"Our opponents believe, because the government's majority is so small, that our resolve will weaken and that they can force us to change course. They are wrong," May said in remarks outside 10 Downing Street. "They underestimate our determination to get the job done and I am not prepared to let them endanger the security of millions of working people across the country."
May, who came to power over the summer after David Cameron resigned in the wake of Britain's vote to leave the European Union, said that consumer confidence, jobs and economic growth have continued to be strong since Brexit and called for unity in the U.K.
"At this moment of enormous national significance there should be unity here in Westminster, but instead there is division," May said. "The country is coming together, but Westminster is not."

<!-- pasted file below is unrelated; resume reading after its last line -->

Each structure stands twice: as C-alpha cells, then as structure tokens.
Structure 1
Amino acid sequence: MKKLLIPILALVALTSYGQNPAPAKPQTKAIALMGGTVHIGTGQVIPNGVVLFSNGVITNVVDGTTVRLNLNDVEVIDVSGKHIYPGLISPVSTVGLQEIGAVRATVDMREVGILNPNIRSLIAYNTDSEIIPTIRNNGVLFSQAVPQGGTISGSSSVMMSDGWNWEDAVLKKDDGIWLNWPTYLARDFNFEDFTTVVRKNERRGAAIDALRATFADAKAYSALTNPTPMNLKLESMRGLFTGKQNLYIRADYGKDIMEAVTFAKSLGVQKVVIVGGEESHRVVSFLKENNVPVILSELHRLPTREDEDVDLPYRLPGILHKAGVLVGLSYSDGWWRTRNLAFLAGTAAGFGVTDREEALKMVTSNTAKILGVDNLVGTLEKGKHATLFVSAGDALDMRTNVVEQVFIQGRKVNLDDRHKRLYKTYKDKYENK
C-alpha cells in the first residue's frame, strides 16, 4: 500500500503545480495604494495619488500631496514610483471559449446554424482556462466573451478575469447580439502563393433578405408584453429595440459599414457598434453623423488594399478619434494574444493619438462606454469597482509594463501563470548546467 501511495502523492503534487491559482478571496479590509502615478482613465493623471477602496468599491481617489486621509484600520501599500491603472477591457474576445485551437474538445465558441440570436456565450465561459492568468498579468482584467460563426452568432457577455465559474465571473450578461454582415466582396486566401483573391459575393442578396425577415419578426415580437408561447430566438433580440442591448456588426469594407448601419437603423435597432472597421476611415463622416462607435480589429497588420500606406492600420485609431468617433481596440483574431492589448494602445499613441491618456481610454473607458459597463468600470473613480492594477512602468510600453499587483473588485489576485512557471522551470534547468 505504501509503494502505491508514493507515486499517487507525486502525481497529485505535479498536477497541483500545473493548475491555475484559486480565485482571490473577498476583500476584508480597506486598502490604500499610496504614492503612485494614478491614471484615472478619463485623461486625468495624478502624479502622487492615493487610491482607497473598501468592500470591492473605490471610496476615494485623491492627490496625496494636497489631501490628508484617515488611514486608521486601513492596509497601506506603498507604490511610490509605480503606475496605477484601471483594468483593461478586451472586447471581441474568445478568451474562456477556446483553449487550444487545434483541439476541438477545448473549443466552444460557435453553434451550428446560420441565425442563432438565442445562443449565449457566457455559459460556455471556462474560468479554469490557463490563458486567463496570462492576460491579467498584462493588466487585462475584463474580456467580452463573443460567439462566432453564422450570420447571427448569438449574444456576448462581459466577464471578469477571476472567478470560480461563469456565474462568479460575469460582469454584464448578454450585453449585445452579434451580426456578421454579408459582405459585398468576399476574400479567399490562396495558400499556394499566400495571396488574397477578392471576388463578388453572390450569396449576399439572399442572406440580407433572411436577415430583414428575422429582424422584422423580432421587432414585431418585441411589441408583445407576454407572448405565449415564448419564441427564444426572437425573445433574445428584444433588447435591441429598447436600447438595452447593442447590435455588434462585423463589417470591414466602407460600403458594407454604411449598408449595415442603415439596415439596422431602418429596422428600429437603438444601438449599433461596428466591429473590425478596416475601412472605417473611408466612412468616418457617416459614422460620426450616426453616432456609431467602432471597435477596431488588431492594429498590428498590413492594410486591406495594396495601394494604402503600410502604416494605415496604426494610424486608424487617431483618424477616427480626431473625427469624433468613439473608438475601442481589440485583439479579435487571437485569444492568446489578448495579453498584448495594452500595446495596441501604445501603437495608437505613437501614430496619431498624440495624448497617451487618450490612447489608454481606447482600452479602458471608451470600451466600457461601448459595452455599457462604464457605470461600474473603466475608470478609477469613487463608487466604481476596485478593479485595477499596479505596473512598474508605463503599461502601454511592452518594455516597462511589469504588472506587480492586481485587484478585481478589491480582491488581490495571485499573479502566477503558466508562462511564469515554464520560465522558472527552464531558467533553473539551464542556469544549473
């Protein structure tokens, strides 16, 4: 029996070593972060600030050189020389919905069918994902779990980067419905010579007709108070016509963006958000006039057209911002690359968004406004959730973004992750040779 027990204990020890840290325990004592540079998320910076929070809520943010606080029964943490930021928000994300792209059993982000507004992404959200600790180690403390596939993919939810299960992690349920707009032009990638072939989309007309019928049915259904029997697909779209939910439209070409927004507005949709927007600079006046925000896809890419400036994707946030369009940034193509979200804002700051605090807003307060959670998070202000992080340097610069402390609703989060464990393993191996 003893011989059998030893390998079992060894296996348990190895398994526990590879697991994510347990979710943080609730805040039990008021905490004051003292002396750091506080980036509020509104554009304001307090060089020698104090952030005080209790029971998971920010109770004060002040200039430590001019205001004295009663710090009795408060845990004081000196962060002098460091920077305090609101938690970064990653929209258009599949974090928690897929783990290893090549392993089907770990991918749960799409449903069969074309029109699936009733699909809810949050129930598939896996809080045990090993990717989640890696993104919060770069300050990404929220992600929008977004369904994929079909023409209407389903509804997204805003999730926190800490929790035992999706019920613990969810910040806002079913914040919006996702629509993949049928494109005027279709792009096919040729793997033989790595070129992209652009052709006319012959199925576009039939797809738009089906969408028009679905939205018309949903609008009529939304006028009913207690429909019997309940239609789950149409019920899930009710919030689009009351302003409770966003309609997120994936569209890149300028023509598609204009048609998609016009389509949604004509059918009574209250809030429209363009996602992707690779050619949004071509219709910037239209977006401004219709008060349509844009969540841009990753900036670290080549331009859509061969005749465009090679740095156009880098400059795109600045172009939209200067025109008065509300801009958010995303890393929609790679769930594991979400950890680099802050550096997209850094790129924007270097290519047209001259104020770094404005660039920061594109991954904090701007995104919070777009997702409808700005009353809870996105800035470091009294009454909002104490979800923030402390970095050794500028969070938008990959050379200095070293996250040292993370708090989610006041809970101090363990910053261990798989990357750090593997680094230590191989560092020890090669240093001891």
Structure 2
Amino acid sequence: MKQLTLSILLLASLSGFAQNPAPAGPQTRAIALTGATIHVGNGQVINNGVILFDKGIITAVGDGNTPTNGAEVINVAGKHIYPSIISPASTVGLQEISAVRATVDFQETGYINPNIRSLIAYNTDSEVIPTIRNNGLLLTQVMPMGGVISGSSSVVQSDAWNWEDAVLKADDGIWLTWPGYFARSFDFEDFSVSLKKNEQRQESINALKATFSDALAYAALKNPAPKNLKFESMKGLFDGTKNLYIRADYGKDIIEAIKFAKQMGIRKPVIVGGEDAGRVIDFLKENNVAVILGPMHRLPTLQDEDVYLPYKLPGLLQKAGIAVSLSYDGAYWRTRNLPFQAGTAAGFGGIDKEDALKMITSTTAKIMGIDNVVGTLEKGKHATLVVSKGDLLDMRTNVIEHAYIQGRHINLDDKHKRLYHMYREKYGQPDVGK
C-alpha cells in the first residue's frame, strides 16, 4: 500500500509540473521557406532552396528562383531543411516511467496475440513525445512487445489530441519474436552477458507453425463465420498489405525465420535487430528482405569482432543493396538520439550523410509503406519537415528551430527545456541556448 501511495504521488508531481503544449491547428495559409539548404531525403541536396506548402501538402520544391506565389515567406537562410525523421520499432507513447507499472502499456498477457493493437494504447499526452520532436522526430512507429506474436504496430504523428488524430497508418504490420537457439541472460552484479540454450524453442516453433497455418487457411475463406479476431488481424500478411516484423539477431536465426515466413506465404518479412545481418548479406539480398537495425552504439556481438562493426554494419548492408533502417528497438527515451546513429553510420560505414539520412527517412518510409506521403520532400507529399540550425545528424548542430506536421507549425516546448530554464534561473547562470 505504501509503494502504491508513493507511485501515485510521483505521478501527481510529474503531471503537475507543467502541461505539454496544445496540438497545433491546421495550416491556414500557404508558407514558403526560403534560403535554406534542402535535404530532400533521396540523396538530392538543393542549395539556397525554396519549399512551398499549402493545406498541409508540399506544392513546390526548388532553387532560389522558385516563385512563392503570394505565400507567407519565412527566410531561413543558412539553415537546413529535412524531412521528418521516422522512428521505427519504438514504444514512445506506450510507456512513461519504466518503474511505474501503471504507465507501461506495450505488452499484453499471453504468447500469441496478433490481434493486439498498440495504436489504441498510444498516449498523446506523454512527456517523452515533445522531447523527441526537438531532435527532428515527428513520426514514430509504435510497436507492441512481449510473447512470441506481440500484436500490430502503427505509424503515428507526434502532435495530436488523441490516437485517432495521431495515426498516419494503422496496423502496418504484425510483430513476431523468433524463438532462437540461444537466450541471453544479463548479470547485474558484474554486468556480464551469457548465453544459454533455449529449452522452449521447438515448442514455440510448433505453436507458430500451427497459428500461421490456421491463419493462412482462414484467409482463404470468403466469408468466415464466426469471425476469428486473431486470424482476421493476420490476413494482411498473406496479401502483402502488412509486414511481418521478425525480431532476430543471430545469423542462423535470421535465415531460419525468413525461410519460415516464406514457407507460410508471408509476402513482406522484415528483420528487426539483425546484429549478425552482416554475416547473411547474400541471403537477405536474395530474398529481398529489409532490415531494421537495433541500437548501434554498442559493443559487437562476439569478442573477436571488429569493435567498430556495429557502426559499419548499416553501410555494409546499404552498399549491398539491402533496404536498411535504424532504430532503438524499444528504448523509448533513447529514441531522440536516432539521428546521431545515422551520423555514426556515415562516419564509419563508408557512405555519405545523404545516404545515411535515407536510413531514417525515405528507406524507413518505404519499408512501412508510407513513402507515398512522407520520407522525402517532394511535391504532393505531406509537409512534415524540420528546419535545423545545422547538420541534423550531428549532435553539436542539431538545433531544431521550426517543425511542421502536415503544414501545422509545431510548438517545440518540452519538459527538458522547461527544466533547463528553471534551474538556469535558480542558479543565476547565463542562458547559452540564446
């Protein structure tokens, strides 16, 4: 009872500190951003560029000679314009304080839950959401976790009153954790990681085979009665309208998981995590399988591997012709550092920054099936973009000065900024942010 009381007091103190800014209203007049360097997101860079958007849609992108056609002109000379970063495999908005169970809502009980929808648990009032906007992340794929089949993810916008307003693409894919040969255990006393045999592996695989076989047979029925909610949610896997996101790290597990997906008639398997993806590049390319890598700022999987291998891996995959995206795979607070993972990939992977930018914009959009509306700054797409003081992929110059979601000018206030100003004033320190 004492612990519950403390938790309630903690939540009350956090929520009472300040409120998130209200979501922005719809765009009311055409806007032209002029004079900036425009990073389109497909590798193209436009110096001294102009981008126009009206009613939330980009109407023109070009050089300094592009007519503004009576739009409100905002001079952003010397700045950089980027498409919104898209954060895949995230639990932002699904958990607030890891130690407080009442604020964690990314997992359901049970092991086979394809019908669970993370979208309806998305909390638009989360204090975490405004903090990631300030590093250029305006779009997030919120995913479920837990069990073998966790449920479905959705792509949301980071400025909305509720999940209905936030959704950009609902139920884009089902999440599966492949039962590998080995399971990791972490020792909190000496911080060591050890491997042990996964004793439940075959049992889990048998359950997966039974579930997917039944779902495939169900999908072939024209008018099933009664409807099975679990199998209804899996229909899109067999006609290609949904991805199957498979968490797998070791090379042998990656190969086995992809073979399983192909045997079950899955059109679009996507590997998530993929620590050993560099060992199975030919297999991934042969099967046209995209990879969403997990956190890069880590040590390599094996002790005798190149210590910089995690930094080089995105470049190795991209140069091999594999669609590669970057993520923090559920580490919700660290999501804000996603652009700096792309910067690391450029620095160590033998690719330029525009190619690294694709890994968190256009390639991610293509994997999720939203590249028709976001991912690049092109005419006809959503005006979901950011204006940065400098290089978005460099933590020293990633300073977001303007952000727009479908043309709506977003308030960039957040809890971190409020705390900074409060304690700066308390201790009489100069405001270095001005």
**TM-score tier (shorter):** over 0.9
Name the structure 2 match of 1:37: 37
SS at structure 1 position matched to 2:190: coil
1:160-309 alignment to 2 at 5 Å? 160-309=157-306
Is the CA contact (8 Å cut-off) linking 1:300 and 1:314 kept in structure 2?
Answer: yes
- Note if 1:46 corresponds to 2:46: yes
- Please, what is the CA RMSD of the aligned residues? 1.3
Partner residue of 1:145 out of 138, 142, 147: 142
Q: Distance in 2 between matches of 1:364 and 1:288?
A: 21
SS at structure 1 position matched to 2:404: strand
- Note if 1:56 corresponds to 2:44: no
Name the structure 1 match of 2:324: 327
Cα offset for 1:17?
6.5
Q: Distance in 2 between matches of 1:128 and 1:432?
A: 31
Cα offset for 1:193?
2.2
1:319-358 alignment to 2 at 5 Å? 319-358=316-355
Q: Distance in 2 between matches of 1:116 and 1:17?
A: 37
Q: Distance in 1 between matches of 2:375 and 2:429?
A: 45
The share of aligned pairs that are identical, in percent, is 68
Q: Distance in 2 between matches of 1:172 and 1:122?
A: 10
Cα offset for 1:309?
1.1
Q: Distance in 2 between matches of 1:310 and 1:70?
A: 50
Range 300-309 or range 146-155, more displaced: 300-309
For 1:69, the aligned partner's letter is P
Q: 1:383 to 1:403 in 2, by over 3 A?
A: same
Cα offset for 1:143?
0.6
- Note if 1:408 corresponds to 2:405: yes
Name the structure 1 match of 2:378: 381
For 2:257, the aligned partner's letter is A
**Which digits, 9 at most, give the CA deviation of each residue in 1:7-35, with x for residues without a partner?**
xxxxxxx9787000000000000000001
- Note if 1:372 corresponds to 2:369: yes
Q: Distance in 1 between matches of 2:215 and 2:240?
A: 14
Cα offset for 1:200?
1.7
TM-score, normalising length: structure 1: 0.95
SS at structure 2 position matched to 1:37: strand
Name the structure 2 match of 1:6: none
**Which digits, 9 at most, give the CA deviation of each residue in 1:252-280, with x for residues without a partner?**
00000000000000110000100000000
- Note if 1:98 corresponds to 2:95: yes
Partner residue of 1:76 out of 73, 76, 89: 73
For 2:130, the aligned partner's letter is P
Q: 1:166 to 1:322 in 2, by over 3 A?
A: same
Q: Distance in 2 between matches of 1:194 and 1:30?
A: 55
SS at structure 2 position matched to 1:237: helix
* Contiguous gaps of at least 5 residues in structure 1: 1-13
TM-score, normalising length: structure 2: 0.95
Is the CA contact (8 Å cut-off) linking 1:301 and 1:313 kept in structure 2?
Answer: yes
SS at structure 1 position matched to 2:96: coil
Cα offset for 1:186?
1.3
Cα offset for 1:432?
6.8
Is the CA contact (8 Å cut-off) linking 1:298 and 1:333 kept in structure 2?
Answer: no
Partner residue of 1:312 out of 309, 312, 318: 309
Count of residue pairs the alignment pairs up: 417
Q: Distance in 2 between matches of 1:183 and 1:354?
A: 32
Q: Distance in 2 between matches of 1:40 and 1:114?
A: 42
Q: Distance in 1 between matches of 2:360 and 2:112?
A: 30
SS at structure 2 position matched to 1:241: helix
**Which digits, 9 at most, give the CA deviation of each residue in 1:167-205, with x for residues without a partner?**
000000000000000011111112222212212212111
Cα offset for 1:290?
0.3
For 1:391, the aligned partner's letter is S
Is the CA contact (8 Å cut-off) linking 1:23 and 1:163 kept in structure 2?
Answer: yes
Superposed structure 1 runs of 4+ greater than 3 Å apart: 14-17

The announcement to hold an election less than halfway into the government's five-year term comes a month after a spokesperson for May said they would not.
The Labour party welcomed May's announcement, saying that it would be an opportunity for the British people to "vote for a government that will put the interests of the majority first," according to the Guardian.
"In the last couple of weeks, Labour has set out policies that offer a clear and credible choice for the country," Labour leader John Corbyn said in a statement. "We look forward to showing how Labour will stand up for the people of Britain."
However, recent polls indicate that conservatives would soar to a landslide victory, the Guardian reports, suggesting May could garner a large majority and bolster her position in Brexit negotiations.
"Britain is leaving the European Union and there can be no turning back," May said. "And as we look to the future, the government has the right plan for negotiating our new relationship with Europe."